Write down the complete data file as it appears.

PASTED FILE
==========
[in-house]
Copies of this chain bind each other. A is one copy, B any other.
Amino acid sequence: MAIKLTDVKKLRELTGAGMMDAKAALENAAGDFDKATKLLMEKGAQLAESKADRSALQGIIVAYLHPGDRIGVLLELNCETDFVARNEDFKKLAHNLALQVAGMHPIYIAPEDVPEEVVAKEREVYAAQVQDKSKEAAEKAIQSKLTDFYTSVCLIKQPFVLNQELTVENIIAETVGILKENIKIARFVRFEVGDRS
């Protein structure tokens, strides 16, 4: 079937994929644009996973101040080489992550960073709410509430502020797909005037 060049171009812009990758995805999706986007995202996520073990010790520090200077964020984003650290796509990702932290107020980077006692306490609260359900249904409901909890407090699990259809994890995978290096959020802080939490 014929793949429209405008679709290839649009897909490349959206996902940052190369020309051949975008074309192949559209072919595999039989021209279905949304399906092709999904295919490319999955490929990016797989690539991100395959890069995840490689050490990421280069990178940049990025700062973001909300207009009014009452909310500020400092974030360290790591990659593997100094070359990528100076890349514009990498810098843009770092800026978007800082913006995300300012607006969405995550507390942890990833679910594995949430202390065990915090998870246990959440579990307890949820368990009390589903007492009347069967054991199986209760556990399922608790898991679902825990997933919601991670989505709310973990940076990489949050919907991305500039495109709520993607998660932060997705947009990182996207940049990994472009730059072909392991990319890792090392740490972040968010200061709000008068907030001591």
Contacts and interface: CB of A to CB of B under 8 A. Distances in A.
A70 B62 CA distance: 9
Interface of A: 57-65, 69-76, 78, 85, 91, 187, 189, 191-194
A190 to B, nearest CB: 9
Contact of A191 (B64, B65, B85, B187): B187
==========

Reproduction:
[in-house]
Copies of this chain bind each other. A is one copy, B any other.
Amino acid sequence: MAIKLTDVKKLRELTGAGMMDAKAALENAAGDFDKATKLLMEKGAQLAESKADRSALQGIIVAYLHPGDRIGVLLELNCETDFVARNEDFKKLAHNLALQVAGMHPIYIAPEDVPEEVVAKEREVYAAQVQDKSKEAAEKAIQSKLTDFYTSVCLIKQPFVLNQELTVENIIAETVGILKENIKIARFVRFEVGDRS
């Protein structure tokens, strides 16, 4: 079937994929644009996973101040080489992550960073709410509430502020797909005037 060049171009812009990758995805999706986007995202996520073990010790520090200077964020984003650290796509990702932290107020980077006692306490609260359900249904409901909890407090699990259809994890995978290096959020802080939490 014929793949429209405008679709290839649009897909490349959206996902940052190369020309051949975008074309192949559209072919595999039989021209279905949304399906092709999904295919490319999955490929990016797989690539991100395959890069995840490689050490990421280069990178940049990025700062973001909300207009009014009452909310500020400092974030360290790591990659593997100094070359990528100076890349514009990498810098843009770092800026978007800082913006995300300012607006969405995550507390942890990833679910594995949430202390065990915090998870246990959440579990307890949820368990009390589903007492009347069967054991199986209760556990399922608790898991679902825990997933919601991670989505709310973990940076990489949050919907991305500039495109709520993607998660932060997705947009990182996207940049990994472009730059072909392991990319890792090392740490972040968010200061709000008068907030001591």
Contacts and interface: CB of A to CB of B under 8 A. Distances in A.
A70 B62 CA distance: 9
Interface of A: 57-65, 69-76, 78, 85, 91, 187, 189, 191-194
A190 to B, nearest CB: 9
Contact of A191 (B64, B65, B85, B187): B187